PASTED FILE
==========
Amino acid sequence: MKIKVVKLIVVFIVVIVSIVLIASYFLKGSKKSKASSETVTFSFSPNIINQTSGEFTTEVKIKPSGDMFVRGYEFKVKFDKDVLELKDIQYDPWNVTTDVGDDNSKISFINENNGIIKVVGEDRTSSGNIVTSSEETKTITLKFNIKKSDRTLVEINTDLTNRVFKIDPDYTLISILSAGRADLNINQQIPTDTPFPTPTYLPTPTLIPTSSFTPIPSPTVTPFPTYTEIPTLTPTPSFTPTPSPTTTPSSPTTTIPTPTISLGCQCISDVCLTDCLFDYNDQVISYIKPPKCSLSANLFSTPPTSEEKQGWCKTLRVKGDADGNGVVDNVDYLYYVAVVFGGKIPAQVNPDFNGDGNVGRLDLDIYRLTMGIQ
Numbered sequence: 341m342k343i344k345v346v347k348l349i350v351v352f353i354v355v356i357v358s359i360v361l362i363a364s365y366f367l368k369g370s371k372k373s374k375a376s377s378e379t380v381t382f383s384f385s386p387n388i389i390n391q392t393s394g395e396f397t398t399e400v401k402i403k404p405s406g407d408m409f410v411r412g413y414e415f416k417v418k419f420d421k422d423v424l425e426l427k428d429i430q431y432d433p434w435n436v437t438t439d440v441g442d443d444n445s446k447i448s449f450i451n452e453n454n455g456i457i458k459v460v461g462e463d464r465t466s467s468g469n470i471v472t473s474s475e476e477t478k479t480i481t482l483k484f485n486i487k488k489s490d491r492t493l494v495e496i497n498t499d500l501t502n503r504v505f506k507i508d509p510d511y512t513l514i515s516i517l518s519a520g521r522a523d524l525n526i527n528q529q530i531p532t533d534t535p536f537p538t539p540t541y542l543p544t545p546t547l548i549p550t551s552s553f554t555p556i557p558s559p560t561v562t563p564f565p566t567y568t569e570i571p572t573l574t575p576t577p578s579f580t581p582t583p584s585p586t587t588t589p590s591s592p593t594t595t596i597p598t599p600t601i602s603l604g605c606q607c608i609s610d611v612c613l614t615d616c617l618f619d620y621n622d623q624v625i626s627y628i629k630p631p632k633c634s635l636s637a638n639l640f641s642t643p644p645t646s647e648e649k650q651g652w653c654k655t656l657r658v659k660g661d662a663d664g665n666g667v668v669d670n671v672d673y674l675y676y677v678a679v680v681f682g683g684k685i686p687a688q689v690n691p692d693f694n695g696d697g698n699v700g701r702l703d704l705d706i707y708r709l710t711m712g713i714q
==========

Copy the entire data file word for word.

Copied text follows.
Amino acid sequence: MKIKVVKLIVVFIVVIVSIVLIASYFLKGSKKSKASSETVTFSFSPNIINQTSGEFTTEVKIKPSGDMFVRGYEFKVKFDKDVLELKDIQYDPWNVTTDVGDDNSKISFINENNGIIKVVGEDRTSSGNIVTSSEETKTITLKFNIKKSDRTLVEINTDLTNRVFKIDPDYTLISILSAGRADLNINQQIPTDTPFPTPTYLPTPTLIPTSSFTPIPSPTVTPFPTYTEIPTLTPTPSFTPTPSPTTTPSSPTTTIPTPTISLGCQCISDVCLTDCLFDYNDQVISYIKPPKCSLSANLFSTPPTSEEKQGWCKTLRVKGDADGNGVVDNVDYLYYVAVVFGGKIPAQVNPDFNGDGNVGRLDLDIYRLTMGIQ
Numbered sequence: 341m342k343i344k345v346v347k348l349i350v351v352f353i354v355v356i357v358s359i360v361l362i363a364s365y366f367l368k369g370s371k372k373s374k375a376s377s378e379t380v381t382f383s384f385s386p387n388i389i390n391q392t393s394g395e396f397t398t399e400v401k402i403k404p405s406g407d408m409f410v411r412g413y414e415f416k417v418k419f420d421k422d423v424l425e426l427k428d429i430q431y432d433p434w435n436v437t438t439d440v441g442d443d444n445s446k447i448s449f450i451n452e453n454n455g456i457i458k459v460v461g462e463d464r465t466s467s468g469n470i471v472t473s474s475e476e477t478k479t480i481t482l483k484f485n486i487k488k489s490d491r492t493l494v495e496i497n498t499d500l501t502n503r504v505f506k507i508d509p510d511y512t513l514i515s516i517l518s519a520g521r522a523d524l525n526i527n528q529q530i531p532t533d534t535p536f537p538t539p540t541y542l543p544t545p546t547l548i549p550t551s552s553f554t555p556i557p558s559p560t561v562t563p564f565p566t567y568t569e570i571p572t573l574t575p576t577p578s579f580t581p582t583p584s585p586t587t588t589p590s591s592p593t594t595t596i597p598t599p600t601i602s603l604g605c606q607c608i609s610d611v612c613l614t615d616c617l618f619d620y621n622d623q624v625i626s627y628i629k630p631p632k633c634s635l636s637a638n639l640f641s642t643p644p645t646s647e648e649k650q651g652w653c654k655t656l657r658v659k660g661d662a663d664g665n666g667v668v669d670n671v672d673y674l675y676y677v678a679v680v681f682g683g684k685i686p687a688q689v690n691p692d693f694n695g696d697g698n699v700g701r702l703d704l705d706i707y708r709l710t711m712g713i714q